Morning Coffee: The sorry tale of the 27 year-old banker who quit for tech. Highest paying STEM careers
Are you disillusioned with your finance career? Have you plateaued? Are you becoming someone you don't want to be? Are you angry with the world? Does Steve Jobs' mantra ("Stay hungry, stay foolish”) haunt you when markets are quiet? Maybe you should move to tech. It's what David Liew did. Unfortunately, his moment in finance has come back to bite.
On Friday, Liew pleaded guilty to fraud in a court in Chicago. The plea related to a brief three years Liew spent as a precious metals futures trader at Deutsche Bank after leaving university. He quit trading to become a technology entrepreneur in 2012, but his time in banking hasn't been forgotten.
Dealbreaker has unearthed a cached version of a blog Liew wrote around the time he quit. There he details the angsty experiences at DB which prompted him to try becoming a technology entrepreneur despite being an, 'economics graduate with three years of trading experience and almost without much reason or ability to be involved with technology start-ups.' At Deutsche, Liew says he was, "getting angry at my boss, my colleagues, my clients, and ultimately, myself." He wasn't doing anything meaningful, he felt he'd plateaued and that he was becoming "greedy and impersonal."
Liew decided to leave. Despite his initial intention of trying the "safe route" of building a business on the side after work, he ended up channeling Richard Branson ("Screw it, just do it"). After self-immersion in Steve Jobs' 2005 Stanford Commencement Address ("You've got to find what you love"), Liew left DB with nothing else lined up. What followed at first didn't adhere to the entrepreneurial fantasy: Liew tried working with someone older on a start-up, and failed; he became an intern, and didn't seem to get a job offer. And then he "set up a tech firm with an old classmate."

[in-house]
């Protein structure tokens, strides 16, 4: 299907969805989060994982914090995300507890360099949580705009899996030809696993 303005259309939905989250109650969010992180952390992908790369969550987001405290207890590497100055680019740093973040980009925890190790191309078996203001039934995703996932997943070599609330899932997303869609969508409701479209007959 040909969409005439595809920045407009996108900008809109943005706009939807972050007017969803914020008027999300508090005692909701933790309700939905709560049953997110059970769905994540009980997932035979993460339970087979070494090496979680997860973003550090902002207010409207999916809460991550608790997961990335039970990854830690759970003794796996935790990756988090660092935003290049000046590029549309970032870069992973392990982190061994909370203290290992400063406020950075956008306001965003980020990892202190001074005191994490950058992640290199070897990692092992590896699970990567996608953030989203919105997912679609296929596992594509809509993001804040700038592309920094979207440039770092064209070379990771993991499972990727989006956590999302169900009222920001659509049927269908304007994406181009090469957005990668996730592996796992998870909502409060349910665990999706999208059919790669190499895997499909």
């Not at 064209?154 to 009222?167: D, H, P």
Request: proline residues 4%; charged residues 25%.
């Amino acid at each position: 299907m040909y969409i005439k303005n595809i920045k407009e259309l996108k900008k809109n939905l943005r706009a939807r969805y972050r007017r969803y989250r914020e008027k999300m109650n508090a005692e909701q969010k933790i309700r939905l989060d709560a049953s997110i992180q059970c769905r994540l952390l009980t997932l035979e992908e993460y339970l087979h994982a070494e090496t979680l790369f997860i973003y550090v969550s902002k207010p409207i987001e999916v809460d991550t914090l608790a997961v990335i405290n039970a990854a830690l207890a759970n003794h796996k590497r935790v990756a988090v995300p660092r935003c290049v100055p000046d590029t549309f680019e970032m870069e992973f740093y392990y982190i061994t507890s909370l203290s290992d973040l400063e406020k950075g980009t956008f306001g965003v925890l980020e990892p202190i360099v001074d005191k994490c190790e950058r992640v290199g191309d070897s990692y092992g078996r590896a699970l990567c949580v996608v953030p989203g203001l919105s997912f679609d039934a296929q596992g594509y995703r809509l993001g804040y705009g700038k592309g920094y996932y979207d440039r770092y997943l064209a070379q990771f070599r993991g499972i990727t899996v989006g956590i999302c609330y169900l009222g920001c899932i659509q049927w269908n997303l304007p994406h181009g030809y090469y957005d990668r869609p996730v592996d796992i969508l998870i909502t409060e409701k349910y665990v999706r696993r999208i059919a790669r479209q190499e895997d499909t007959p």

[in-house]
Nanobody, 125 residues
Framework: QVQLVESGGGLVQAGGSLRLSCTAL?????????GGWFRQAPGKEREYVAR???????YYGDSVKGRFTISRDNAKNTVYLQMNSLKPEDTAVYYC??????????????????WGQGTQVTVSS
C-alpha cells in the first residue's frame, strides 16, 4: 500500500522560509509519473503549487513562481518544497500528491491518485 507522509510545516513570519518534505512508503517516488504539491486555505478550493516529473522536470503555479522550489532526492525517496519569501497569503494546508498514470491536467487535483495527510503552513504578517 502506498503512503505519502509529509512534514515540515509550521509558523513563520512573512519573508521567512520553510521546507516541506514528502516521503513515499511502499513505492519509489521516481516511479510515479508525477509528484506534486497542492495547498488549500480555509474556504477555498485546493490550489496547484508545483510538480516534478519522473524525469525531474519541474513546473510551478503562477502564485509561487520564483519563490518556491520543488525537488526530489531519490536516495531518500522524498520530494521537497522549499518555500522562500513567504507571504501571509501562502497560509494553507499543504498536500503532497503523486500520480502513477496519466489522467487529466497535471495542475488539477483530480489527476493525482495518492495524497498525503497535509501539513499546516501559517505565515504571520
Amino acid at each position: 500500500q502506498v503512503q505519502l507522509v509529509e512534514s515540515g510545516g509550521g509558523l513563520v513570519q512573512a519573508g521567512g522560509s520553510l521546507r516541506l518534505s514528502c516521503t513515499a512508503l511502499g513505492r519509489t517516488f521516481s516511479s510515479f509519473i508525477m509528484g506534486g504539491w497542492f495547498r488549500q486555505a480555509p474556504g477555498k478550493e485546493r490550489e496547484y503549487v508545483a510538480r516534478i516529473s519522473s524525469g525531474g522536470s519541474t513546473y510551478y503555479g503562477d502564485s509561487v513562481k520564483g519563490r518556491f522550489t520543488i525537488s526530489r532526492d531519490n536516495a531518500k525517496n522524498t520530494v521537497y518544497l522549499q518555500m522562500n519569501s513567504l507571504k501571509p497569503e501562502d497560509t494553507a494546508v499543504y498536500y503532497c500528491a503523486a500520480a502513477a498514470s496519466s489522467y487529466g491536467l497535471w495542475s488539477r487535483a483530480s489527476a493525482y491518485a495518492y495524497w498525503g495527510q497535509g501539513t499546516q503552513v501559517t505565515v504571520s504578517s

What became of that tech firm isn't very clear. Now aged 30, however, Liew is fully embroiled in the details of his finance career again. Bloomberg reports that he's "cooperating" with the authorities, suggesting Deutsche Bank could be rebuked as a result of Liew's testimony. If you're going to quit banking for tech, make sure you don't do anything nefarious first.
Separately, Bloomberg has got a list of the top 20 highest paying careers for STEM graduates and the discrepancies between pay for men and women in both. Whether you're male or female, your best bet is to become an "architectural engineering manager" (men average $126k, women average $132k). But although women earn a lot more than men here, they earn a lot less in other roles. Male software developers earn an average of $101k, while women earn $87k, for example,
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